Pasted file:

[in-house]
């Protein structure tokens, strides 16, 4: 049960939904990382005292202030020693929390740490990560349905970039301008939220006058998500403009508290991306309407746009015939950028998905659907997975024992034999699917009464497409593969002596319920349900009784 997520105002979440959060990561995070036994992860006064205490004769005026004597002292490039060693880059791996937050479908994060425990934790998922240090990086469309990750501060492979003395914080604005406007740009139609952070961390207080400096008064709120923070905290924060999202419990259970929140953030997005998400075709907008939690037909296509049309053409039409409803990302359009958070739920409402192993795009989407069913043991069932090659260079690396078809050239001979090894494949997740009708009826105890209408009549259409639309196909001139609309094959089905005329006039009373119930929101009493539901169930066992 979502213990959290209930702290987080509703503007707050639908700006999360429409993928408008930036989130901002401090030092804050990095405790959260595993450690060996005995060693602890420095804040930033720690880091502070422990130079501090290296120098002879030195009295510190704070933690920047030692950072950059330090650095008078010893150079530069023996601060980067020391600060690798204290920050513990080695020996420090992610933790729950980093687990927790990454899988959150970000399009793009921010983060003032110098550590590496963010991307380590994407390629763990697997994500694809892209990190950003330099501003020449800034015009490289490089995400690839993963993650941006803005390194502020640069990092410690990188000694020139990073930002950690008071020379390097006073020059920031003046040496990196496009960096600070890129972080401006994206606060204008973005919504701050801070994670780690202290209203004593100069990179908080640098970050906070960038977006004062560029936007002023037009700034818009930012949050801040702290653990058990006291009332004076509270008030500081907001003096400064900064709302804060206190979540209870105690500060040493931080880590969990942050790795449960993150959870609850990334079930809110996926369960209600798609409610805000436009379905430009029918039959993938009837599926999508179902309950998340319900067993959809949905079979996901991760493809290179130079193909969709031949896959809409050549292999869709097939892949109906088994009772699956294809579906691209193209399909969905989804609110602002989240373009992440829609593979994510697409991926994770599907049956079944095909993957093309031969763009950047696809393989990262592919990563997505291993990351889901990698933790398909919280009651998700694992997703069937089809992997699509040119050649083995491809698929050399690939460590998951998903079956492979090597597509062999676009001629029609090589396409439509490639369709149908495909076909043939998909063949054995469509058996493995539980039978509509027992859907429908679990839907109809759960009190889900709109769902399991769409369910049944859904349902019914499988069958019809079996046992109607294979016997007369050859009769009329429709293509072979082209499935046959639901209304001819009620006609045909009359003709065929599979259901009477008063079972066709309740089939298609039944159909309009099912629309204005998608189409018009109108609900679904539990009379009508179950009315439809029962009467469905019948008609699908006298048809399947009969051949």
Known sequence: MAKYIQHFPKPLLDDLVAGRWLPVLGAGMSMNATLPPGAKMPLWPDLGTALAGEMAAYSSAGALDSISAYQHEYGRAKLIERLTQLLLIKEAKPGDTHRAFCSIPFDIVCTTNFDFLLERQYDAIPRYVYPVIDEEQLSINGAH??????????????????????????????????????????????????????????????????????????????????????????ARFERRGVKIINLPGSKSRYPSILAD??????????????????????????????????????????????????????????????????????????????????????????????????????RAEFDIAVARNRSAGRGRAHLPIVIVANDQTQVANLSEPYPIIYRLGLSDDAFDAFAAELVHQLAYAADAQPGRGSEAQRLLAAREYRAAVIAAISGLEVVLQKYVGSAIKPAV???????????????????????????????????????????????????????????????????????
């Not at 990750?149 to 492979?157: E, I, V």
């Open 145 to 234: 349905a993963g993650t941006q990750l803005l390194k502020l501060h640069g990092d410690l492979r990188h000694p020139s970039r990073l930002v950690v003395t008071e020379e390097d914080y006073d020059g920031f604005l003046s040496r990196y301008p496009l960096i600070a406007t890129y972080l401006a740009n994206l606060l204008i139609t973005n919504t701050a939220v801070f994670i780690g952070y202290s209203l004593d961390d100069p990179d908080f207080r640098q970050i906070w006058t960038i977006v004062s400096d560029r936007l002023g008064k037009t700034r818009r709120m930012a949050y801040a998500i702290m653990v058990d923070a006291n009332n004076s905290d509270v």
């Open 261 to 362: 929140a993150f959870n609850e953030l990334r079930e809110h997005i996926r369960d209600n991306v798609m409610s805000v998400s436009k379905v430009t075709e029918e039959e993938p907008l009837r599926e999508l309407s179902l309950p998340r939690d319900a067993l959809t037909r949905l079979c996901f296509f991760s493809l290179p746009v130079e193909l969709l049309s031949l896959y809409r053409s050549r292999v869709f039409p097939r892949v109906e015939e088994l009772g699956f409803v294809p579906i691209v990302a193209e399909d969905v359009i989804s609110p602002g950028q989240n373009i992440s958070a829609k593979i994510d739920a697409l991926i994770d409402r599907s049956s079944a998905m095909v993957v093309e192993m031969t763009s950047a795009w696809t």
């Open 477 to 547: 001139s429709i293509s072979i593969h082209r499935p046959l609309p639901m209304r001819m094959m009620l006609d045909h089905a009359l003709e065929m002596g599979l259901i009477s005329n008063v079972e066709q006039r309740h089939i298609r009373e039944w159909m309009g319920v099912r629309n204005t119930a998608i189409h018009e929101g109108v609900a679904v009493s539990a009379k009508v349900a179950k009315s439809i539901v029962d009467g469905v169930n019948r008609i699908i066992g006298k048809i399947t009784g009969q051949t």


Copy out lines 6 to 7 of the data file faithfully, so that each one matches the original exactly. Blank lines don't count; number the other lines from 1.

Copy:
């Open 261 to 362: 929140a993150f959870n609850e953030l990334r079930e809110h997005i996926r369960d209600n991306v798609m409610s805000v998400s436009k379905v430009t075709e029918e039959e993938p907008l009837r599926e999508l309407s179902l309950p998340r939690d319900a067993l959809t037909r949905l079979c996901f296509f991760s493809l290179p746009v130079e193909l969709l049309s031949l896959y809409r053409s050549r292999v869709f039409p097939r892949v109906e015939e088994l009772g699956f409803v294809p579906i691209v990302a193209e399909d969905v359009i989804s609110p602002g950028q989240n373009i992440s958070a829609k593979i994510d739920a697409l991926i994770d409402r599907s049956s079944a998905m095909v993957v093309e192993m031969t763009s950047a795009w696809t």
């Open 477 to 547: 001139s429709i293509s072979i593969h082209r499935p046959l609309p639901m209304r001819m094959m009620l006609d045909h089905a009359l003709e065929m002596g599979l259901i009477s005329n008063v079972e066709q006039r309740h089939i298609r009373e039944w159909m309009g319920v099912r629309n204005t119930a998608i189409h018009e929101g109108v609900a679904v009493s539990a009379k009508v349900a179950k009315s439809i539901v029962d009467g469905v169930n019948r008609i699908i066992g006298k048809i399947t009784g009969q051949t």